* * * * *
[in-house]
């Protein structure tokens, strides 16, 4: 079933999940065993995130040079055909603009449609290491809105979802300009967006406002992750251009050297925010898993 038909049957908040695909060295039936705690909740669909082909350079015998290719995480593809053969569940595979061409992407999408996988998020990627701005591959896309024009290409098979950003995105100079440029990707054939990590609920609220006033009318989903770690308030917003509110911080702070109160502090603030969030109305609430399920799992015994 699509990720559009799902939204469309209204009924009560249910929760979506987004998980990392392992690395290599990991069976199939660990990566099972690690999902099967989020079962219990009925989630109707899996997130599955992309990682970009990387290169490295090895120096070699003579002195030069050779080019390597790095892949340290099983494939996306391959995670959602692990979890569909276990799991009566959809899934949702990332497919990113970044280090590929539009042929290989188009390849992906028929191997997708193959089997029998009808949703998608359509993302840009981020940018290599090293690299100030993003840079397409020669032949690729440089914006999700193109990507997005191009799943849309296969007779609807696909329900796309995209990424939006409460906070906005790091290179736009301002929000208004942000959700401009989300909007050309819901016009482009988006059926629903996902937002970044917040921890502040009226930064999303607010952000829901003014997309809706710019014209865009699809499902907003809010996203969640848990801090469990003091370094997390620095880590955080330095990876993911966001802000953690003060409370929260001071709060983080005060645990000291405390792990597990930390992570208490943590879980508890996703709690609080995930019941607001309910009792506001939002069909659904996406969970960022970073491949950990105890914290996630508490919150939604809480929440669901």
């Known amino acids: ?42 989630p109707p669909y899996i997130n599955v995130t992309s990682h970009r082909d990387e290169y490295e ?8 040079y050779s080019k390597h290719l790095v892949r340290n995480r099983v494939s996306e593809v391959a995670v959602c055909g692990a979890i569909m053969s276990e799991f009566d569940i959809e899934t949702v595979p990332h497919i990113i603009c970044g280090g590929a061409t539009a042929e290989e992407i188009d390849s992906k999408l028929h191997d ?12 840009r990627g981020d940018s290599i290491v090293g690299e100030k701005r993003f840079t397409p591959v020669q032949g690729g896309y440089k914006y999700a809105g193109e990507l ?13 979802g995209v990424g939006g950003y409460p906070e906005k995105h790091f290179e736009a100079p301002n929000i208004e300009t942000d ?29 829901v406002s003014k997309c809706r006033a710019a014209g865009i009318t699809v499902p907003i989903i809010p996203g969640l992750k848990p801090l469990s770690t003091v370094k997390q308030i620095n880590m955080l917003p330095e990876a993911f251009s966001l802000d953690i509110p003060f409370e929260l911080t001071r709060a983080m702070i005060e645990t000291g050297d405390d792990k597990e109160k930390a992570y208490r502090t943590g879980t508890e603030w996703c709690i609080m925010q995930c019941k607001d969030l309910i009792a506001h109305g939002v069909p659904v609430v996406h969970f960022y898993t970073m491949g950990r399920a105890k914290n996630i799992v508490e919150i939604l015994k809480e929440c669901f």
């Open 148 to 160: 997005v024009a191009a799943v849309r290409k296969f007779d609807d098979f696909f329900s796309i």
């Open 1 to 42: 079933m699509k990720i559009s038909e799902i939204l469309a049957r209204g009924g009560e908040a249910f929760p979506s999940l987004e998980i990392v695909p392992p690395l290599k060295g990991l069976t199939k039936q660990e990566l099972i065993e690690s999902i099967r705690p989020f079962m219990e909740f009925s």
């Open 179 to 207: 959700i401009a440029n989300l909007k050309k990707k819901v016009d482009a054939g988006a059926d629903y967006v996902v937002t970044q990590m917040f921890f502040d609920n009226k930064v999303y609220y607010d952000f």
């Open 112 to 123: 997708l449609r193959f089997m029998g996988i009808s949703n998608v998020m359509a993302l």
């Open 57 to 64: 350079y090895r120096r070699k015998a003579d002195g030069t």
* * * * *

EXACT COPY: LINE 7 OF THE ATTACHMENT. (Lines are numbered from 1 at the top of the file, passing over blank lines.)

């Open 112 to 123: 997708l449609r193959f089997m029998g996988i009808s949703n998608v998020m359509a993302l």